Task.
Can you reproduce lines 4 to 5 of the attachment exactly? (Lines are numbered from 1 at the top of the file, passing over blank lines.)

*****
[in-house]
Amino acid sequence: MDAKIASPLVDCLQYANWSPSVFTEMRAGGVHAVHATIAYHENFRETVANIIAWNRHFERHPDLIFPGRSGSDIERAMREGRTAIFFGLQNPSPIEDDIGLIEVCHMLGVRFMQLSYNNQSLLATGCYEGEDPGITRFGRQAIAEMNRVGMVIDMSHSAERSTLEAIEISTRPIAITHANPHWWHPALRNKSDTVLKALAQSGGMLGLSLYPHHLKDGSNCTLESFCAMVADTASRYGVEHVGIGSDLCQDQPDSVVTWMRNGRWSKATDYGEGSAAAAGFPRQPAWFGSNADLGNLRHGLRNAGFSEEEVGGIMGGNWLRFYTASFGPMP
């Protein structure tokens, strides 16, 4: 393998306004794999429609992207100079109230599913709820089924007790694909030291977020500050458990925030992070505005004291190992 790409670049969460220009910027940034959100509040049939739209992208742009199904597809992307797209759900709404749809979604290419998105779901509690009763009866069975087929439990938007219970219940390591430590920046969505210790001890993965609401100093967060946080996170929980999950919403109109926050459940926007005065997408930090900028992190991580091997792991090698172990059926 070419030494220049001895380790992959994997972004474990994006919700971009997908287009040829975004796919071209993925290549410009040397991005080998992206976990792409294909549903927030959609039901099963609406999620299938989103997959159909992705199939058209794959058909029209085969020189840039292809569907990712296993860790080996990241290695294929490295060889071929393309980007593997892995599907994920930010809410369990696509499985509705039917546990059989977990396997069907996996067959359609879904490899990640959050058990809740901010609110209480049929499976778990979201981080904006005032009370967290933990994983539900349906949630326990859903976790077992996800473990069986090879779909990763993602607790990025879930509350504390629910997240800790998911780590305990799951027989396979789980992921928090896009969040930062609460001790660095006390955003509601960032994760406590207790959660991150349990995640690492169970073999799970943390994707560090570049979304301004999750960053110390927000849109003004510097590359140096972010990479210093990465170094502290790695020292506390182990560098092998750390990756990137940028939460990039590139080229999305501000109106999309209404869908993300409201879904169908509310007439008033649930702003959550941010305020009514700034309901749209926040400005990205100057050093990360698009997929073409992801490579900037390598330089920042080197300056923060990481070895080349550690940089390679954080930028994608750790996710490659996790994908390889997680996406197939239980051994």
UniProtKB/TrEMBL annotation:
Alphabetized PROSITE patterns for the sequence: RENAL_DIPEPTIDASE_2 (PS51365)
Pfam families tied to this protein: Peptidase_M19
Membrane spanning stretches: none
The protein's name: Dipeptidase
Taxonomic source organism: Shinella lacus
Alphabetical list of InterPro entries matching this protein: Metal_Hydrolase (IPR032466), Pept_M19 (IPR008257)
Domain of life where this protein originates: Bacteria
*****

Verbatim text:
UniProtKB/TrEMBL annotation:
Alphabetized PROSITE patterns for the sequence: RENAL_DIPEPTIDASE_2 (PS51365)